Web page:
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Another paralleled to single push-pull EL84 mod.

Niquel

Member
2012-02-28 10:49 am
Hi there all,

I have a paralleled push-pull el84 guitar amp from a friend which is supposed to be 50-deafening-Watts so the friend asked me to modify it to be able to use it at lower levels.
After having taken a look to the schematic it seems 8 Ohm matched, fixed bias so the mod should be as simple as removing one of the output pairs to get half ouput power.
Its OT has only 8 ohms leads and the load (is a 2x12" combo) is 16ohm//16ohm and 30 W each.
If I pull an output pair I could use just one 12" speaker at 16Ohm to the 8Ohm output in order to keep its impedance matched. But, as it is a pitty not using the whole cabinet, would it be really bad for the output stage to use it complete and thus umatching the impedance?
I have read that many people do this, and even some people prefer its sound but it is not my amp and it is now working so I wouldn't like to burn it with experiments...
I would realy apreciate any suggestion.

Thank you.
 

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45

Member
2008-12-18 2:29 am
UK
It depends on the actual plate-to-plate impedance. If the original OT has 4K/8R for parallel operation (i.e. 8K for a single pair) you can disconnect one pair and use it. For guitar amps a signle pair with 4K should work fine. More likely you will not get exactly the same sound. It could be better....you just need to try.
Maybe you need to check the idle current is enough to avoid cross-over distortion.
 
The problem is the 2x12, not the parallel tubes. I have a 100 watt Fender Twin, with 4 5881s. I can pull two of the tubes for 50 watts, and it is a hardly noticeable change. I can flip a switch and take the 50 watts down to 15 or so in triode mode. Sill, a minor change in volume. Loud no matter what.

By disconnecting one speaker and the set of tubes, you can make a difference. The only pity about the 2nd disconnected speaker is that your friend has to lug it around from gig to gig.

Or he can sell it and buy a more appropriate amp.

Or tell your friend to just dial back the volume knob, though few guitar players can manage that. Surprising how many guitar players complain the amp is too loud when their fingers are inches away from at least two volume controls set to maximum.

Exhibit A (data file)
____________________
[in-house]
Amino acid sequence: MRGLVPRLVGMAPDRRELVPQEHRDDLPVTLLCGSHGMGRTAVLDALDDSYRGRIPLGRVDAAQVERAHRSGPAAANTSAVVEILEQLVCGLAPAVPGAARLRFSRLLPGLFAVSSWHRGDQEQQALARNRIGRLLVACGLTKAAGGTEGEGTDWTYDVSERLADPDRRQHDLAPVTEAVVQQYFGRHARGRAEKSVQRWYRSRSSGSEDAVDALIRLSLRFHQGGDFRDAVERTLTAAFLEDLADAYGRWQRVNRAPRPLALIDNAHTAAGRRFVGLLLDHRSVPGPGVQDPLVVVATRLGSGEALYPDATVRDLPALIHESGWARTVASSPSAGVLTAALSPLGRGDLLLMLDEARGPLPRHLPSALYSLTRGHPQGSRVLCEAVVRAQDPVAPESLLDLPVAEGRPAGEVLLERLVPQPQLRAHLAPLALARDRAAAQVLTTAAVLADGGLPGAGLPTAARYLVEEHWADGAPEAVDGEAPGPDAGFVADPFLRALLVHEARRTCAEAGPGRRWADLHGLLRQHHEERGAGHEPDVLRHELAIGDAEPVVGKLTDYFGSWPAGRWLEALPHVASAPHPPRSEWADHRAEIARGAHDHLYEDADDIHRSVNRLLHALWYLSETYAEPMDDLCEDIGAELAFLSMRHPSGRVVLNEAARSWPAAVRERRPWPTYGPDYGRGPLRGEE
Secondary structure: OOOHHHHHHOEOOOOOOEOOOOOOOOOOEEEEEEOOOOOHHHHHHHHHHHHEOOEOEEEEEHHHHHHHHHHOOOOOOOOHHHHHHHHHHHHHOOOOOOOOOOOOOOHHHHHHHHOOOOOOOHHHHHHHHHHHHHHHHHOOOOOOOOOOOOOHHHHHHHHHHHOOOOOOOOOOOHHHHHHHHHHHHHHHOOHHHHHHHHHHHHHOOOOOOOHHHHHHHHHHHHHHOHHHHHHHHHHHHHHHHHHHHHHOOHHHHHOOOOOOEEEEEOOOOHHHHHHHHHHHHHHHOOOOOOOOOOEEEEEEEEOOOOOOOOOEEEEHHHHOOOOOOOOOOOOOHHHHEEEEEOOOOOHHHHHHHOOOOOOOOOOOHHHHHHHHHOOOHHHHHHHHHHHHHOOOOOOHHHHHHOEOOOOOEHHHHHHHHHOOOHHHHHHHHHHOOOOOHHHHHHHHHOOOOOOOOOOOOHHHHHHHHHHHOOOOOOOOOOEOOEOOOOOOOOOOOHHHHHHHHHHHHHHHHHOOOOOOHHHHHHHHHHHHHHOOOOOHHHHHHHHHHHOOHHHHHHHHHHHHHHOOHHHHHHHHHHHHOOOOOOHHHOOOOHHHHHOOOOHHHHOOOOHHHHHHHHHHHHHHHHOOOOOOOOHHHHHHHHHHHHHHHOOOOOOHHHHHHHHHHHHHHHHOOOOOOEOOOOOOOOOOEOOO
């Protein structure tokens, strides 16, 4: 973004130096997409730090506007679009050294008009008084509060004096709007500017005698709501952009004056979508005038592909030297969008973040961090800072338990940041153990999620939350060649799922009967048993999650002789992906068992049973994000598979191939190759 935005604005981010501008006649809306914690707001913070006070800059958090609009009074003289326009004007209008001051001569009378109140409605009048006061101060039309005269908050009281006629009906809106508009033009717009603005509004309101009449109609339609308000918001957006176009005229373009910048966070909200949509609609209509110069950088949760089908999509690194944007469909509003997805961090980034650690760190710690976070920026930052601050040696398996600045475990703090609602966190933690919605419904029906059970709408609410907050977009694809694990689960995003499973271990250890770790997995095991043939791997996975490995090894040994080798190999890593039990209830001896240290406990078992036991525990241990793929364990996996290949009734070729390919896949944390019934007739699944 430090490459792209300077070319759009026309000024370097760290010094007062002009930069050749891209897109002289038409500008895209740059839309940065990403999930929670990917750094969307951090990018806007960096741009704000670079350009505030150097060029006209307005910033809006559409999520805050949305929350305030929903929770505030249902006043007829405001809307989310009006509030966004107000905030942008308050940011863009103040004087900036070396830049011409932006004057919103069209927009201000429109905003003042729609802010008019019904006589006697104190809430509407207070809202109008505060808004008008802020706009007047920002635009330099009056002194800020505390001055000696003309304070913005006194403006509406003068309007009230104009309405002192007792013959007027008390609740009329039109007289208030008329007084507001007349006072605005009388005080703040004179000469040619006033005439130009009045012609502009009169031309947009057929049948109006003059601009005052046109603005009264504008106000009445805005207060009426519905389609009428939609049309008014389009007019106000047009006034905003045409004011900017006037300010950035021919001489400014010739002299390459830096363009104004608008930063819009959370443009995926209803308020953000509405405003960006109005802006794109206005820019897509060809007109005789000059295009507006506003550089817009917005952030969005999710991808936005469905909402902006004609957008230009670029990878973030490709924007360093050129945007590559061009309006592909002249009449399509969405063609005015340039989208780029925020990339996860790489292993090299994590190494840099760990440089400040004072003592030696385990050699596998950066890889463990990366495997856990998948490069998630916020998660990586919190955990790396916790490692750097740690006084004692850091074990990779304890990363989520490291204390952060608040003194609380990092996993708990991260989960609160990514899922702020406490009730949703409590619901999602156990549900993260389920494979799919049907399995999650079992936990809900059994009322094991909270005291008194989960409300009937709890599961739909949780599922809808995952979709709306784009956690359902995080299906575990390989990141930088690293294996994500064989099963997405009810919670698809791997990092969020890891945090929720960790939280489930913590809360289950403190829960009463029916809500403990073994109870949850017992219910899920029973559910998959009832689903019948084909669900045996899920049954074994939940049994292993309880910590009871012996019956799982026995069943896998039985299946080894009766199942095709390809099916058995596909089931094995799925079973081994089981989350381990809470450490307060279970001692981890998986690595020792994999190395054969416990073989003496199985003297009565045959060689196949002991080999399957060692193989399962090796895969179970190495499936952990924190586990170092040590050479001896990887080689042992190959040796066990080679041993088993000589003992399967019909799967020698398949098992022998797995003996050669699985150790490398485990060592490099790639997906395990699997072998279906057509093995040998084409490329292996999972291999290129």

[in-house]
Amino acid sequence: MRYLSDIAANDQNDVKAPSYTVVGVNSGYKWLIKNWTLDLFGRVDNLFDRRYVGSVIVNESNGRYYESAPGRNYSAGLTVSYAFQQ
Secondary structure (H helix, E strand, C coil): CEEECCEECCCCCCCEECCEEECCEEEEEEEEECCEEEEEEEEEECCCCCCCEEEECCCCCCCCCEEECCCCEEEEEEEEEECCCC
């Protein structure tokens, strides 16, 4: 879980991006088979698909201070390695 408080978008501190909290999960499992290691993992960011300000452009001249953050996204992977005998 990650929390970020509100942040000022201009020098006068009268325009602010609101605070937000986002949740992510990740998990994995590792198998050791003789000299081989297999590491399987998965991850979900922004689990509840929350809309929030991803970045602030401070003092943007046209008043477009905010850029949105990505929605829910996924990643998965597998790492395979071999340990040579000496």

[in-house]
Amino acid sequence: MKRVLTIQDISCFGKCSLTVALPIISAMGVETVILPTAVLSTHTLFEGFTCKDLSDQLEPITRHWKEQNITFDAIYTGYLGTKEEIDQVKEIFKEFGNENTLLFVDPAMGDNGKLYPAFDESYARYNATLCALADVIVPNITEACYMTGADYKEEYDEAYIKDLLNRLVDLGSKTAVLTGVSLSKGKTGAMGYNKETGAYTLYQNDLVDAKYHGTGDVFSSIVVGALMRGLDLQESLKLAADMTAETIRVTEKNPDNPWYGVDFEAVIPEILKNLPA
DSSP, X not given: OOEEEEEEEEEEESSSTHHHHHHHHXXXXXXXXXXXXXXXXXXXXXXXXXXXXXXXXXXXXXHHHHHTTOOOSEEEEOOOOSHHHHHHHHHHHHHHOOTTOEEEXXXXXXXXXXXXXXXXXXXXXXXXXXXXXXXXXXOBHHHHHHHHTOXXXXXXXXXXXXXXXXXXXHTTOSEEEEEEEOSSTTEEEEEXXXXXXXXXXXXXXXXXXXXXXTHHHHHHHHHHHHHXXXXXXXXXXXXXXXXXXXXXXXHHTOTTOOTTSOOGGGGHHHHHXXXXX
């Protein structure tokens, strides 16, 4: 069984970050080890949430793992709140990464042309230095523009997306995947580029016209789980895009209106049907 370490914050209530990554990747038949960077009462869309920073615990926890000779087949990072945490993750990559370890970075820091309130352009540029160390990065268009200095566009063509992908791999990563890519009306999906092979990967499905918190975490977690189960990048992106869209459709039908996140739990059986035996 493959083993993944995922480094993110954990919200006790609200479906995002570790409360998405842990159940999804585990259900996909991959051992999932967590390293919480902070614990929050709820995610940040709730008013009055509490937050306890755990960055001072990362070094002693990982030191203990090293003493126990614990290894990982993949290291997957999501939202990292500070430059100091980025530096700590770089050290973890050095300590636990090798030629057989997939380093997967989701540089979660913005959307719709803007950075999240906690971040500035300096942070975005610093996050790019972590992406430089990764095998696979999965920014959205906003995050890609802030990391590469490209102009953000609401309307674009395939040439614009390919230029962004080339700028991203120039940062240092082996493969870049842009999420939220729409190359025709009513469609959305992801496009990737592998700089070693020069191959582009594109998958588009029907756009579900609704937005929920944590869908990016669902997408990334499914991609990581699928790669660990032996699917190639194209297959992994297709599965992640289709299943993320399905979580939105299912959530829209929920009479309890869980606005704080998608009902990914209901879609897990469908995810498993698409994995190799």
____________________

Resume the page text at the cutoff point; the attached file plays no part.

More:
45

Member
2008-12-18 2:29 am
UK
The problem is the 2x12, not the parallel tubes. I have a 100 watt Fender Twin, with 4 5881s. I can pull two of the tubes for 50 watts, and it is a hardly noticeable change. I can flip a switch and take the 50 watts down to 15 or so in triode mode. Sill, a minor change in volume. Loud no matter what.

That's true. A 18W EL84 PP + Eminence GB-12 will sound so loud even outdoor! You don't need anything else unless you are going to play in stadium....
12" cones usually give 96-102 dB SPL with just 1W.
 
A 1X12, on axis, is not that much quieter than a 2X12; what it is is a lot more directional at high frequencies. Which means a couple of people in each row are overwhelmed by the guitar too loud, while two seats off to the side they hear a sort of muffled approximation of the chord sequence.

Have you considered a resistive attenuator, which keeps the amp properly loaded while eating three quarters of the power, à la Power Soak? I used to get the big green wirewound resistors out of tube TVs, but I imagine this is no longer an option. There's a minor change in the amp's sound, due I imagine to seeing a resistive load rather than to rather strange impedance of a guitar speaker in a slotted back enclosure.

At one time I would have said "replace the speakers with Fane crescendos - reduce your level by 10dB at a stroke." Nowadays I don't know the names of the high power, low efficiency drivers. Anyway, that would change the sound a lot.